Published By Bureau Reporter
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U.S. Ambassador-At-Large for International Religious Freedom Sam Brownback speaks at the press briefing on “Promoting International Religious Freedom”, an initiative sidelining the UN General Assembly on 23 September 2019/Screengrab image

Dharamshala: U.S. Ambassador-At-Large for International Religious Freedom Sam Brownback condemned China’s escalating, systematic and state-sanctioned suppression of religious freedom, calling it a “war on faith.”

“They are conducting a war on faith. It’s a war that they will not win,” Ambassador Brownback said earlier on Monday during a State Department briefing on “Promoting International Religious Freedom”, an initiative sidelining the UN General Assembly.

Brownback’s speech joins a growing tide of international condemnation of China’s ongoing egregious repression of religious groups including Tibetan Buddhists, Uighur Muslims, Christians and Falun Gong practitioners.

China ranked second in the top ten “countries of particular concern” designated by the US Commission on International Religious Freedom in April 2019. China has been designated as a “country of particular concern” since 1999.

The US ambassador at large also raised concerns over the growing repression and surveillance of Tibetan Buddhists as well as China’s Christian community and the Falun Gong practitioners.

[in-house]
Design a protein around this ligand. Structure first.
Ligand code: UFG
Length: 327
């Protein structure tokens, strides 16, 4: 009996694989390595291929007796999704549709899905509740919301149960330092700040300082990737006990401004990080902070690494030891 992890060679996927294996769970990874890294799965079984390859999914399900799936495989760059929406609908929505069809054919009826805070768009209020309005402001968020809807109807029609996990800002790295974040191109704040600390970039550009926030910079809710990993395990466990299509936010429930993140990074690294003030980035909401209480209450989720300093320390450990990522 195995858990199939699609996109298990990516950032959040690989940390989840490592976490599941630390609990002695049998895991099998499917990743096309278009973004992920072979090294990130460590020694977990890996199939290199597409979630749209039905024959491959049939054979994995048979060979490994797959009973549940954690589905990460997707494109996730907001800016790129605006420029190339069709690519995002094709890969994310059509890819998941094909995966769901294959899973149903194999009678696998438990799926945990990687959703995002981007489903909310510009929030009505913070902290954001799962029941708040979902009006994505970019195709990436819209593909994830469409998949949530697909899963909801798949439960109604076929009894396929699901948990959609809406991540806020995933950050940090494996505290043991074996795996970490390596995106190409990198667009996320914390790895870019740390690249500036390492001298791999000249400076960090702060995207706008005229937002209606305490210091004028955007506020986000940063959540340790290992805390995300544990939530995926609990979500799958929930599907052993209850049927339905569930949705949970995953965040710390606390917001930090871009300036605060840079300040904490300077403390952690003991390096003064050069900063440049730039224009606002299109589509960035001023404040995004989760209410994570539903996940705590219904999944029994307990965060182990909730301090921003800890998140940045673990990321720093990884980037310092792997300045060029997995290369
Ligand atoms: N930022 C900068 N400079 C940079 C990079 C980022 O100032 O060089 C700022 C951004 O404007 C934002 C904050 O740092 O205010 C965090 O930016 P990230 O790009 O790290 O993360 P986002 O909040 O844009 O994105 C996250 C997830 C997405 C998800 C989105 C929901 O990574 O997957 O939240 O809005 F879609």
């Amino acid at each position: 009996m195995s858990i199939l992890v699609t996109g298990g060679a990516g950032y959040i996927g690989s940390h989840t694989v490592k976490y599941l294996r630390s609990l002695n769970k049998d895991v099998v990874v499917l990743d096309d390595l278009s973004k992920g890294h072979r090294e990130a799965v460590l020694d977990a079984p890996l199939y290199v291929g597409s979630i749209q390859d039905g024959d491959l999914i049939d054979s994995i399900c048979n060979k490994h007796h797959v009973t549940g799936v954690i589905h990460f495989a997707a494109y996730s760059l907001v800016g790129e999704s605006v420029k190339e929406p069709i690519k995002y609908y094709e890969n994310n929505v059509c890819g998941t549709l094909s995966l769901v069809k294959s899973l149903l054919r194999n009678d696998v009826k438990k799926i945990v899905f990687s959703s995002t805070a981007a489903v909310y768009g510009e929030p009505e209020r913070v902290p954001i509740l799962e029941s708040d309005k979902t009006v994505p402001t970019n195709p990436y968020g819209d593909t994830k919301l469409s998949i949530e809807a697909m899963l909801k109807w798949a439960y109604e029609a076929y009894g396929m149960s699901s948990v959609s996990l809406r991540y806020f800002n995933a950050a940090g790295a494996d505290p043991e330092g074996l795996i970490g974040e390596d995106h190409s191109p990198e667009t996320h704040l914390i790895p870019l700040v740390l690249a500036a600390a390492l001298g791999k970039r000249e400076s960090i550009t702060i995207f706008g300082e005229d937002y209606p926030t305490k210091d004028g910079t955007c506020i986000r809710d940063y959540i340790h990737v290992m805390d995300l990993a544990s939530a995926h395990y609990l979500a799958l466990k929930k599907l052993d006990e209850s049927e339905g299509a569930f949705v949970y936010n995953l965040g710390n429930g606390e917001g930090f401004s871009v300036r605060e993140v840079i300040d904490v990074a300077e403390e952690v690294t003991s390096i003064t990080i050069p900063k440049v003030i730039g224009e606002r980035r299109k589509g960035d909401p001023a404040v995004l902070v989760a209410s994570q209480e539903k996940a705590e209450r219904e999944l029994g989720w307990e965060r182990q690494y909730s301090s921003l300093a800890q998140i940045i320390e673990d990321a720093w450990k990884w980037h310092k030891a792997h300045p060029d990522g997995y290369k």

“Unfortunately it’s not just the Uyghurs, it’s also the Tibetan Buddhists, which you’ve heard, its Falun Gong, the organ harvesting issue that China still would not come forth about, it’s house churches,” Brownback said.

A number of prominent dissidents also spoke at the press briefing, including Nyima Lhamo, human rights advocate and the niece of the late Tulku Tenzin Delek Rinpoche, a highly revered reincarnate lama who died in a Chinese prison in July 2015, and Uyghur human rights advocate Jewher Ilham.

“One thing I have learned after coming to the West … is that suffering is not just our family alone or my community alone. Religious freedom is being violated all over the world,” said Nyima Lhamo. She was assisted by Bhuchung K Tsering from International Campaign for Tibet for interpretation.

Jewher Ilham, an Uyghur Muslim urged world governments to work together to allow all religious dissidents in China to practice their religion, or to speak the language they want to speak, dress the way they want to dress, eat the food they want to eat, behave the way they want to behave, freely.

Amb Brownback stressed that the U.S. administration has made protecting international religious freedom a top priority, noting that President Donald Trump earlier on Monday held the first-ever president-led event on religious freedom at the United Nations General Assembly.

Nyima Lhamo, human rights advocate and the niece of Tibetan political prisoner late Tulku Tenzin Delek Rinpoche, speaks at the press briefing at the US state department, accompanied by Bhuchung K Tsering, Vice-chair, ICT, 23 September 2019/Screengrab image


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